Vid – Trek Slash

Trek Slash: Key points
By Seb Kemp

-Built with Ross Schnell and Rene Wildehaber in mind.
-Megavalanche meat mashing machine.
-160mm travel front and rear.
-DCRV on front and rear shocks now.
-Fox Shox 36 Talas
-Mino Link provides -/+.5º head angle adjustment, raises/lowers BB height and marginally changes shock feel.
-Stealth Reverb and internal routing for front mech.
-Sram/MRP X2 guide.

Replacing the Scratch in 2012 is the Slash. Although it is has 160mm travel like the Scratch, the Slash is a longer, more stable platform for “enduro racing” (Super-D is dead don’t you know) and big mountain riding (not the Garret Buehler style big mountain hucking but the colossal descents that are found in mountainous areas), rather than a quasi freeride bike.

All this confusion in semantics may give you headaches but it is just a symptom of riders and manufacturers figuring out exactly what we need. Previously it was thought a shorter, stouter bike was required for those not willing to lug a full downhill bike around but who still needed to turn the cranks a little bit. It turns out that what these people needed was a very pedal-friendly bike that still had table manners when it was served up a deep dish of rocky, rooty trail food. Hence the advent of the Slash which is a burly bruiser that still feels light on the trail (reportedly Slashes come out of the box at 31lbs which is nothing to stick your nose up at).

However, I don’t think the Slash is anything new and although it shuts the door on the Scratch, it is actually more like another bike Trek once had in their line-up. The original Remedy was a 160mm aluminum thrasher that defined the category at the time but was then neutered in subsequent years when Trek steepened it, placed smaller forks on it and took the travel down to 150mm. Although I shouldn’t compare the two (I’ll probably get given the silent treatment by someone at Trek for doing so) there are similarities between the original Remedy and this new Slash, all be it with plenty of tasty modern innovations.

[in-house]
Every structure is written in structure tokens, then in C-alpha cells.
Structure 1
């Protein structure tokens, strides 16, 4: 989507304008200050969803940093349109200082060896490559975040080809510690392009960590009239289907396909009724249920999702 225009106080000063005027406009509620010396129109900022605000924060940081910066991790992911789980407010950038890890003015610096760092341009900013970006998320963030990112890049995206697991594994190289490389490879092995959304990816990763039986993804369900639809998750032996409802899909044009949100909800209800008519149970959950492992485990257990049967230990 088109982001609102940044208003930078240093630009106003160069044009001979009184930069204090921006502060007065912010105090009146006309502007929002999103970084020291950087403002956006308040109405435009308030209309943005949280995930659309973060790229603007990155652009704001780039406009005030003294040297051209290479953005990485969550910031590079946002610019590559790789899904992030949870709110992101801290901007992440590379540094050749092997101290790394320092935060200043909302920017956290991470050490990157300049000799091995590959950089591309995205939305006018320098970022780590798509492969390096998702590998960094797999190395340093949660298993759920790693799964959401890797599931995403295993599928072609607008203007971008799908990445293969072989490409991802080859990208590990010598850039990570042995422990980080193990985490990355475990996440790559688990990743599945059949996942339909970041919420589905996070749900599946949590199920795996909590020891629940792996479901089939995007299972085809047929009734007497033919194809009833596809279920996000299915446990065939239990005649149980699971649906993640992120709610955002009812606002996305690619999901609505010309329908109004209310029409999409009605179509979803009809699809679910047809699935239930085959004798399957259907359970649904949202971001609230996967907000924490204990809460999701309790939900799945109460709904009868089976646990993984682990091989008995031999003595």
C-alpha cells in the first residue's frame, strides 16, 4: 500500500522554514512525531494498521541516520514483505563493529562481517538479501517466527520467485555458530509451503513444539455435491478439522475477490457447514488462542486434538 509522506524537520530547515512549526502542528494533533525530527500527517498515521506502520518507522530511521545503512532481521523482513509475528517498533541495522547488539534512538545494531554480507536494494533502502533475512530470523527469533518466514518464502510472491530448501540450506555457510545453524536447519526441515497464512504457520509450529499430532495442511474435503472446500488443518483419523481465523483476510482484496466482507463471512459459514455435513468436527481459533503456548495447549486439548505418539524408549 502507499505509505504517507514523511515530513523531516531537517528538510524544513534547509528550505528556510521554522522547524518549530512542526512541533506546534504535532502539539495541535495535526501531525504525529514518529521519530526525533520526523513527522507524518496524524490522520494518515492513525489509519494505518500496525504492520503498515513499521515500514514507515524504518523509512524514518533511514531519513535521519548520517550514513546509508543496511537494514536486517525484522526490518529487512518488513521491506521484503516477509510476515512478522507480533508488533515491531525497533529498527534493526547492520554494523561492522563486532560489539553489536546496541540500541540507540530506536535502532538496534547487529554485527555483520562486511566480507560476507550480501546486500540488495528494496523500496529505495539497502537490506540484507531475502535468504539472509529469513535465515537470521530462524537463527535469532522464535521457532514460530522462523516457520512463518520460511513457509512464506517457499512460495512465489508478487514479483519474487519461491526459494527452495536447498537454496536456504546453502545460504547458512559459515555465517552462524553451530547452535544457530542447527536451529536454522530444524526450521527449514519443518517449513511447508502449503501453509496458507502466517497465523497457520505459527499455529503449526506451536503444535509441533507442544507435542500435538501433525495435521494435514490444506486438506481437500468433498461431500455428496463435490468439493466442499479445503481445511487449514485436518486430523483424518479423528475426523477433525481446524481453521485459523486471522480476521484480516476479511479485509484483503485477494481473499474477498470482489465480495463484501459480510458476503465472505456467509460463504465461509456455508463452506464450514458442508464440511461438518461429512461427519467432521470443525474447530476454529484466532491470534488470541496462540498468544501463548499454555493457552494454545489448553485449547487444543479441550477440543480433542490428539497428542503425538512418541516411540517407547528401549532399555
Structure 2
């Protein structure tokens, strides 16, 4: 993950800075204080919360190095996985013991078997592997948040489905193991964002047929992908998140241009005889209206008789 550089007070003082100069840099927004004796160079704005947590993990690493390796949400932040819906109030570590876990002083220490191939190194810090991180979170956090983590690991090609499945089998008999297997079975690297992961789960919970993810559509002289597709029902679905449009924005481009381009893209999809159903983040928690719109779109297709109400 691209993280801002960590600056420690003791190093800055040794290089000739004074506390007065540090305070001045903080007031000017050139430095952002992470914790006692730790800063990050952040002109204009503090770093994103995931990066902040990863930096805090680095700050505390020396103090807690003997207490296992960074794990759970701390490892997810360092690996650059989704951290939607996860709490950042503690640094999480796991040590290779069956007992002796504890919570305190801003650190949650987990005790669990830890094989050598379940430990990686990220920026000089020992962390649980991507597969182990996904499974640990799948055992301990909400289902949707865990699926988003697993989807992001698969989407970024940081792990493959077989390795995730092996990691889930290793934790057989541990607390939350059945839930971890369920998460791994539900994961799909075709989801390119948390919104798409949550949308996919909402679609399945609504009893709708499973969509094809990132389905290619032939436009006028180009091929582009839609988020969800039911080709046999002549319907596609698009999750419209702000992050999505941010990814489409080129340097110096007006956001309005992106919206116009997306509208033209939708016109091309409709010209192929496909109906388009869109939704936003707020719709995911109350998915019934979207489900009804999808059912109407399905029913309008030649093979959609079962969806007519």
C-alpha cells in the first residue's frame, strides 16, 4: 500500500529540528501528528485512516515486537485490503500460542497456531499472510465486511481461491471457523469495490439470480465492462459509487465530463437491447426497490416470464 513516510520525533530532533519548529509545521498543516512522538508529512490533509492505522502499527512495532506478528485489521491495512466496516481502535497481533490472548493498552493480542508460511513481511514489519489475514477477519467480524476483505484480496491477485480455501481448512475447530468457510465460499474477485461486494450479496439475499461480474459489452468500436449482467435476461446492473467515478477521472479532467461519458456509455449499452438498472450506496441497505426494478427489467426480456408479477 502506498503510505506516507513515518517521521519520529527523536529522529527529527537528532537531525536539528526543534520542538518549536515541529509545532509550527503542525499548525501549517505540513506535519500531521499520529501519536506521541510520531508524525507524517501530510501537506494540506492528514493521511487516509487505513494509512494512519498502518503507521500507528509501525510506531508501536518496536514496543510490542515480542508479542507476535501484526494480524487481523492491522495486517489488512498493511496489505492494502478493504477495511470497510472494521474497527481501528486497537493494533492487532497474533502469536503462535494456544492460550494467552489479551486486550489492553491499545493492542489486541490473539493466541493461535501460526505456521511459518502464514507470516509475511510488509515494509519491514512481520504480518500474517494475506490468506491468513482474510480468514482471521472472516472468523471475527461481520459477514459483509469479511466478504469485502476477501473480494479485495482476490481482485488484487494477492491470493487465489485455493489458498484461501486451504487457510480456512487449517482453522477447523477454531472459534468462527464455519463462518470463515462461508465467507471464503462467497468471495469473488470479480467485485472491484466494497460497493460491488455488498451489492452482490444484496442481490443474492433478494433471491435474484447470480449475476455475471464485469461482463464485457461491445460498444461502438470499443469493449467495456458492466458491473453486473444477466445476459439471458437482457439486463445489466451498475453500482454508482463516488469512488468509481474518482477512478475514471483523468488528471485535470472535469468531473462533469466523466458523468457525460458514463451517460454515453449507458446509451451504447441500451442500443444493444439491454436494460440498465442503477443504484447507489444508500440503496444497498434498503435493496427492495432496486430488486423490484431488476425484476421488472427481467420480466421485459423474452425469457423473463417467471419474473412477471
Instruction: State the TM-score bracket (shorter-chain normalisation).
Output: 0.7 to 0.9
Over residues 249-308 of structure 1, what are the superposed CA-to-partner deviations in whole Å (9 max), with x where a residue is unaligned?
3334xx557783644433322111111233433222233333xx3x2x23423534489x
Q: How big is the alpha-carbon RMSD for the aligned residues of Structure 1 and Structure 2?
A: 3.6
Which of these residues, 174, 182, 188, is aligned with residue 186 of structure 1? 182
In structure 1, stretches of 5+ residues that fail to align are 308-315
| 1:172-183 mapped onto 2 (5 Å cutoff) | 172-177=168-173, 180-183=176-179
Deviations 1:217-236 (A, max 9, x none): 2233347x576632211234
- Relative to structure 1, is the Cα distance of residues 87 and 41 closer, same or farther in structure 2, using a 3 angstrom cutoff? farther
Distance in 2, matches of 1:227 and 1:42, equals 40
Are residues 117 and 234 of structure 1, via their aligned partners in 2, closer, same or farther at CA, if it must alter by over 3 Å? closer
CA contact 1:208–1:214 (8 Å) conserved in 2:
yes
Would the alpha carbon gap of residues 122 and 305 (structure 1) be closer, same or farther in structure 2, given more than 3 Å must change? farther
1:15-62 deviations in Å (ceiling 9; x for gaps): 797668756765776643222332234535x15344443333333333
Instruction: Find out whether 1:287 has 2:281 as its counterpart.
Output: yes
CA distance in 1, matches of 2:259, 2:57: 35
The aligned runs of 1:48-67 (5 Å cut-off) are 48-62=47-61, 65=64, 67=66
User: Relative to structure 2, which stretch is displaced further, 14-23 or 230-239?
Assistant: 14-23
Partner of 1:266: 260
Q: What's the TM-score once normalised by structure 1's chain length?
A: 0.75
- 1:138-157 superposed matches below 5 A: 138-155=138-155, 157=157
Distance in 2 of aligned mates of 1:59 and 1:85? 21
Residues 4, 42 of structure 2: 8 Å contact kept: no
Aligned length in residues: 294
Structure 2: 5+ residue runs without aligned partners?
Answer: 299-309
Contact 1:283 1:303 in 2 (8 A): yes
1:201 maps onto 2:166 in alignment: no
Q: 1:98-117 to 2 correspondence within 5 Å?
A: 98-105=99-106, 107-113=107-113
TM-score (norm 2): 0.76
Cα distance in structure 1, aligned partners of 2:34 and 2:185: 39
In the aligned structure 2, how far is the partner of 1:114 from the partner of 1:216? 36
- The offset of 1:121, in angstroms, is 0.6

The Slash is designed to be a long haul monster truck that can be pedaled to access terrain that only a chairlift, helicopter, shuttle vehicle or a 19 pound XC machine can access. However, it is going to be a lot more fun to ride down than that wafer bike. It is also designed to be on the start line and podium of enduro races, like the Megavalanche or Trestle All-Mountain race. It was obviously well designed because Rene Wildehaber took third at this years Mega on a Slash and Ross Schnell won the inaugural Trestle race on his too.

The Slash comes with DRCV (Dual Rate Control Valve) which adds a secondary air chamber to the main air spring, activated by plunger when you hit a certain point in the travel. The Remedy and Fuel EX bikes have had DRCV equipped rear shocks for two years now and Trek say they’ve come up with something which increases control in the same way for the front end, leading to a more balanced ride.

The Mino Link also appears on the Slash. It is a small plate at the seatstay/rocker link pivot which can be flipped to add/remove 0.5 degree to the frame’s angles, raises/lowers the bottom bracket height and as a consequence tweaks the rear shock feel, too. Although it looks like an easy to make adjustment that could be done on the trail, the 0.5 degree difference is going to be too insignificant for most riders to feel – but does allow a nice touch for riders to set this bike up exactly as they wish. However, I imagine it will be a set and forget adjustment.

We had a short spin on the Slash at this years Outdoor Demo to get a feel for it, but certainly not long enough of a ride to make any informed opinion of the bike. So if you are looking for a one thousand word synopsis of how it dealt with square edge bumps, anti-squat, how it climbed while seated and a detailed report on the characteristics of dynamic geometry then look elsewhere. Our ride was short and sweet, just long enough to get a first impression of it. What we gathered from this short ride was that we really would like to put this bike on a longer test cycle.

Also worth pointing out is that Trek have made vital changes to the Remedy, which this year gets slackened by a full degree and comes with ISCG tabs. The Slash and Remedy will suit a lot of riders so it will be interesting to see where the pros and cons of each are, beyond just that one is lighter and the other has more travel. Hopefully we can bring you a more in-depth test later this year.

Are you a Slasher or did the Scratch get your itch? Or perhaps neither is the Remedy for your riding? Which is it going to be…

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